J. Gabriel Gates
Releases October 3, 2011
Confession time: I’m a big wuss. I don’t like gory horror movies. There are episodes of Supernatural and Fringe that have given me the heebie-jeebies and caused me to watch a silly comedy before going to bed. Reading suspenseful, well-written horror books can give me nightmares.
Which is why there’s no chance in hell that I would have ever read The Sleepwalkers right before bed. It freaked me out during sunny, middle of the day, 100+ degree afternoons, and yet, after 18 pages, I couldn’t bring myself to put it down. The very first chapter sets the story up perfectly and yet doesn’t really give any hints to what is coming down the road.
Slight vague spoilers ahead
Caleb just graduated from high school and he’s on his way to change the world as an ambitious journalist. His summer plans include going to Africa to write about kids with AIDS and then he’s going to go to an ivy league school, become editor of the New York Times, win a couple of Pulitzers and marry his perfect model-like girlfriend, who he really doesn’t care about all that much. His life is perfectly planned and nothing can cause him to stray from it.
During his graduation party, he receives an ominous letter from an old childhood friend from the other side of the country, saying she’s in terrible danger and she needs him to rescue her. And just like that, he strays from all his carefully created plans, hops on a plane with his best friend Bean, and heads to a tiny town in the panhandle of Florida. You know, one of those creepy, lost-in-time towns where everyone has a shotgun hiding in their kitchen and there’s a crazy witch living down the street. This is a town where people regularly disappear and no one really cares because that’s just what happens in this freaky little town. This is where Caleb grew up and where his childhood friend Christine is currently locked up in a Dream Center, being treated for nightmares and sleepwalking.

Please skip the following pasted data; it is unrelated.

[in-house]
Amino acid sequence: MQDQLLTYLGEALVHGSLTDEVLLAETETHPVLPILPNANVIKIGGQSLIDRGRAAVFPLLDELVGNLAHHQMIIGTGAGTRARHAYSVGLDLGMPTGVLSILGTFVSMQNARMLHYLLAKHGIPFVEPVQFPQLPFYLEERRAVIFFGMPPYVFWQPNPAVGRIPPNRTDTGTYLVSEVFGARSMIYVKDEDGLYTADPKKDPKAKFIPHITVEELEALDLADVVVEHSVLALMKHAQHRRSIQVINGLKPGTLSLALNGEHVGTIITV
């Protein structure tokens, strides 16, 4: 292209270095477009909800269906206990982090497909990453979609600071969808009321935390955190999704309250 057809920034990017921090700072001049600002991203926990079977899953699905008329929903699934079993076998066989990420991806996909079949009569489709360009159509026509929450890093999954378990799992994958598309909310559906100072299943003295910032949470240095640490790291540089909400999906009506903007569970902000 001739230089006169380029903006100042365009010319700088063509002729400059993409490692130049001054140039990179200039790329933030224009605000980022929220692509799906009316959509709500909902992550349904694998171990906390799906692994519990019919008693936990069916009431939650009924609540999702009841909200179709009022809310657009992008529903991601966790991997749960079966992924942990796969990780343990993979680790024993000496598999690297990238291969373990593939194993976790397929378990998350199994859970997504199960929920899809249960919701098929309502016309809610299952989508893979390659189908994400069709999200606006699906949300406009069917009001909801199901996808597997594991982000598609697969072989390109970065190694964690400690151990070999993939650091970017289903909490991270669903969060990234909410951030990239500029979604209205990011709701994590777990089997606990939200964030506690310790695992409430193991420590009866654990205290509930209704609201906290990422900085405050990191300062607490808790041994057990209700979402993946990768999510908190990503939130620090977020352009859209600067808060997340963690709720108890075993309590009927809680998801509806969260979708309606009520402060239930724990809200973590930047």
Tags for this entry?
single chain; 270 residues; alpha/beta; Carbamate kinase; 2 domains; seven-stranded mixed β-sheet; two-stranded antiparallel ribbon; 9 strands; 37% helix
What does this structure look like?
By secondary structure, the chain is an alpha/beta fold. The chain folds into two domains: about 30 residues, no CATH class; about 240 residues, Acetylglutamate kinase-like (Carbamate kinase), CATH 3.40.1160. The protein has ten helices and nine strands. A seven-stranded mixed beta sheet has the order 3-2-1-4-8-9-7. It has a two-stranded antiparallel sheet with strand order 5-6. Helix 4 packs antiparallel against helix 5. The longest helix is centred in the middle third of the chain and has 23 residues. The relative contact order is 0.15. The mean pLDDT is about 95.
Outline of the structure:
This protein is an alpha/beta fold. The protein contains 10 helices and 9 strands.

I’m a firm believer that kids can be the creepiest things in existence. They’re supposed to be all cute and innocent, and the next thing you know, they’re clawing your eyes out. It’s a common horror trope, but to add in the fact that these demon children are asleep when going on their rampages and don’t know what they’re doing upon waking up is even more freaky. The fact that Gates is able to tie this idea into a conspiracy-theory filled suspense story filled with curveballs is impressive.
Gates does wonderful things with cliché tropes, polishing them up and making them seem new again. The comedian best friend to lighten the mood? That would be Bean. Creepy kids? Many, many of those. A freaky, batshit insane clown? Yes, dear god, get it away from me! Our main character saving the girl? That happens a time or two. People hearing voices, telling them to do bad things? Yeah, that’s all over this book. The haunting voice heard through the static of a radio? Used wonderfully multiple times.